|November 17th, 2011, 08:04 PM||#41|
Join Date: 11-17-11
Location: San Diego
First off I know this thread is old but I thought I would post this info for anyone who might be looking it up online.
You definately do not want to crank the bars "all the way" up. You should leave approx. 1/16"-1/8" between the upper control arm and the steel top out pad on both sides. You will have a very harsh ride if you don't leave a small gap at the top, you will need to get down low to see this gap.
The stock length shocks most likely will top out before you reach the top out pads making the ride very harsh "yes even bilsteins", unless you extend the lower shock mounts about .6" inches. I used a big flange nut as a spacer for this then went to longer grade 8 bolts for the lower shock mounts. This will allow you to have full travel without the shocks topping out which is what makes the ride harsh. This may not be true on every truck but it was certainly true on my 96 3/4 ton "8 lug" 4 by 4 Silverado.
If your not running bilsteins you need to be using them for this application because they will keep the upper control arms away from the top out pads. I never hear them hit on my truck at all, no harshness to the ride what so ever and the alignment is fine, I even managed to get the truck to NOT pull right which they seem to be famous for. The factory alignment was non existant, it was so far off it should have been a crime to sell me the truck.
I also needed to upgrade to 1/2" diameter bolts for the upper shock mounts. The factory installs 7/16" bolts for some reason and they create a major amount of play in the upper shock mount which you do not want. I think I needed to slightly ream the upper shock mounting holes "the ones on the truck" for the 1/2" bolts to fit, the shocks are made for 1/2" bolts already. If you don't do this it will increase the harshness of the ride considerably.
This will get you about 1 1/2"-1 3/4" lift in the front, I ended up with 1 3/4" lift in the front but the drivers side is heavier so it requires more turns to get the suspension even on both sides. I didn't need any of those so called special after market "keys" to get max height on my truck. This will put you well within specs on the camber adjustments. Mine was no problem to align at all, the camber adjustments were right in the middle of the settings.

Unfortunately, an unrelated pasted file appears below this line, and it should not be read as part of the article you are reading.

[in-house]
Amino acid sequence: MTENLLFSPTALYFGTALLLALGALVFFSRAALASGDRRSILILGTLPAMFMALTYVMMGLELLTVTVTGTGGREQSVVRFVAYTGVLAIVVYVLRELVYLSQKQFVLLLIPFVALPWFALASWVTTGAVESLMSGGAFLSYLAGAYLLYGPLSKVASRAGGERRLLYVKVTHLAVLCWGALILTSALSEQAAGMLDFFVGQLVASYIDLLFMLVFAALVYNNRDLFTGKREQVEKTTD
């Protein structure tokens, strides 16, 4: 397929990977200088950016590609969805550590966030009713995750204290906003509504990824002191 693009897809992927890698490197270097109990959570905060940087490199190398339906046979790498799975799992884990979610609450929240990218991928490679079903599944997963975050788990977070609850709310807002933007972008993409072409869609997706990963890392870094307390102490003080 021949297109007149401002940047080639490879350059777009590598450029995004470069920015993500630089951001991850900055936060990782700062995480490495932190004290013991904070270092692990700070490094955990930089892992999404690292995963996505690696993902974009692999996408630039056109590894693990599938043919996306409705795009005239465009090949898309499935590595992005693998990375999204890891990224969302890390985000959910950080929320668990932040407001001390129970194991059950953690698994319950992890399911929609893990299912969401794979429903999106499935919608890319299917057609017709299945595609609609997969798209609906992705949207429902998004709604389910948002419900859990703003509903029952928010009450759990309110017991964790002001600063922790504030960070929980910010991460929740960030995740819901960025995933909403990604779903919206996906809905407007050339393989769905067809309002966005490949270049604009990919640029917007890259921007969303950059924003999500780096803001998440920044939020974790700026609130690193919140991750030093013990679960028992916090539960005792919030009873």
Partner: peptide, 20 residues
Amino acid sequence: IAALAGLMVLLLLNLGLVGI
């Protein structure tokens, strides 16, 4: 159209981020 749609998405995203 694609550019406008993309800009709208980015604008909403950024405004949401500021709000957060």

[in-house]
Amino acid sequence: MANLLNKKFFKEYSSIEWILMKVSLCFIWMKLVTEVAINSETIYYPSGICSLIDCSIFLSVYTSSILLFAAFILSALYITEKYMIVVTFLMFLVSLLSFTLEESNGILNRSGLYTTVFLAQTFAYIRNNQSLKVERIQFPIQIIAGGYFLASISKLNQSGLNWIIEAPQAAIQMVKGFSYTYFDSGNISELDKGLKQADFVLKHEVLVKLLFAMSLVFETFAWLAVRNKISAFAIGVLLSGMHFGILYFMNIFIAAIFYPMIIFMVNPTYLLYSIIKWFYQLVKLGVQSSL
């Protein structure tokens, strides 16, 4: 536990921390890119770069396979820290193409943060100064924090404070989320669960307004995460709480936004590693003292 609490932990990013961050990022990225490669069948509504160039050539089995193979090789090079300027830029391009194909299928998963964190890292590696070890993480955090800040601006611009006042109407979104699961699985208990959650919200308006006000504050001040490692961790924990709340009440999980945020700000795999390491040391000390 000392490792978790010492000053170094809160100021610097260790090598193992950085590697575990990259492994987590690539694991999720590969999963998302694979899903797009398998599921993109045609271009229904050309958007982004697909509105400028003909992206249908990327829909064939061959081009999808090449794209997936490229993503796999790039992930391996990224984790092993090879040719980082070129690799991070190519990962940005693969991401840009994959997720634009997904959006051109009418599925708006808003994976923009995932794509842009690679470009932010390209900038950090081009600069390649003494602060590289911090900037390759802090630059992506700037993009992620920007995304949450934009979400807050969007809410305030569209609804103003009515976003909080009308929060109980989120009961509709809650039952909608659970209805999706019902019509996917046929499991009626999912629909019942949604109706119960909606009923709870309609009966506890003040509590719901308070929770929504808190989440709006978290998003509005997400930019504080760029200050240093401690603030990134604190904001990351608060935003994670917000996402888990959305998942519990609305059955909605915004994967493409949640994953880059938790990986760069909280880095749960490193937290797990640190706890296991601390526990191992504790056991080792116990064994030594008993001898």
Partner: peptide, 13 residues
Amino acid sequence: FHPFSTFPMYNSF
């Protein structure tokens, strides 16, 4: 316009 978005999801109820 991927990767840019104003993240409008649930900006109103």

To get the camber to adjust correctly you will most likely need to remove the "knock outs" from the bolt/frame area under the camber adjustment bolts/washers. You will need to remove the upper control arm bolts, washers and camber adjustment "cam washers" to see this "knock out" portion of the frame. The factory does not do this for you! You need to look closely and you will see that the steel frame part where the camber adjustment bolts go through is punched but NOT "knocked out" which prevents you from adjusting the camber on these trucks. You will need to pry and or pound them out using a hammer and punch or large screw driver which is what I used, there are 4 of them on each side that need to be knocked out. At that point you can adjust the camber to specs. It only took me about ten minutes per side to knock out and remove the metal from the bolt area.
As for getting the rear of the truck level with the front. It's best to go with leaf springs that have more arch to them for this rather than using blocks as you will only need to go up a couple inches. the stock shackles can handle this extra travel. Blocks work ok but allow for more movement of the pinion angle under load unless your using ladder bars. The after market leaf springs allow for much smoother travel and work better with the bilsteins.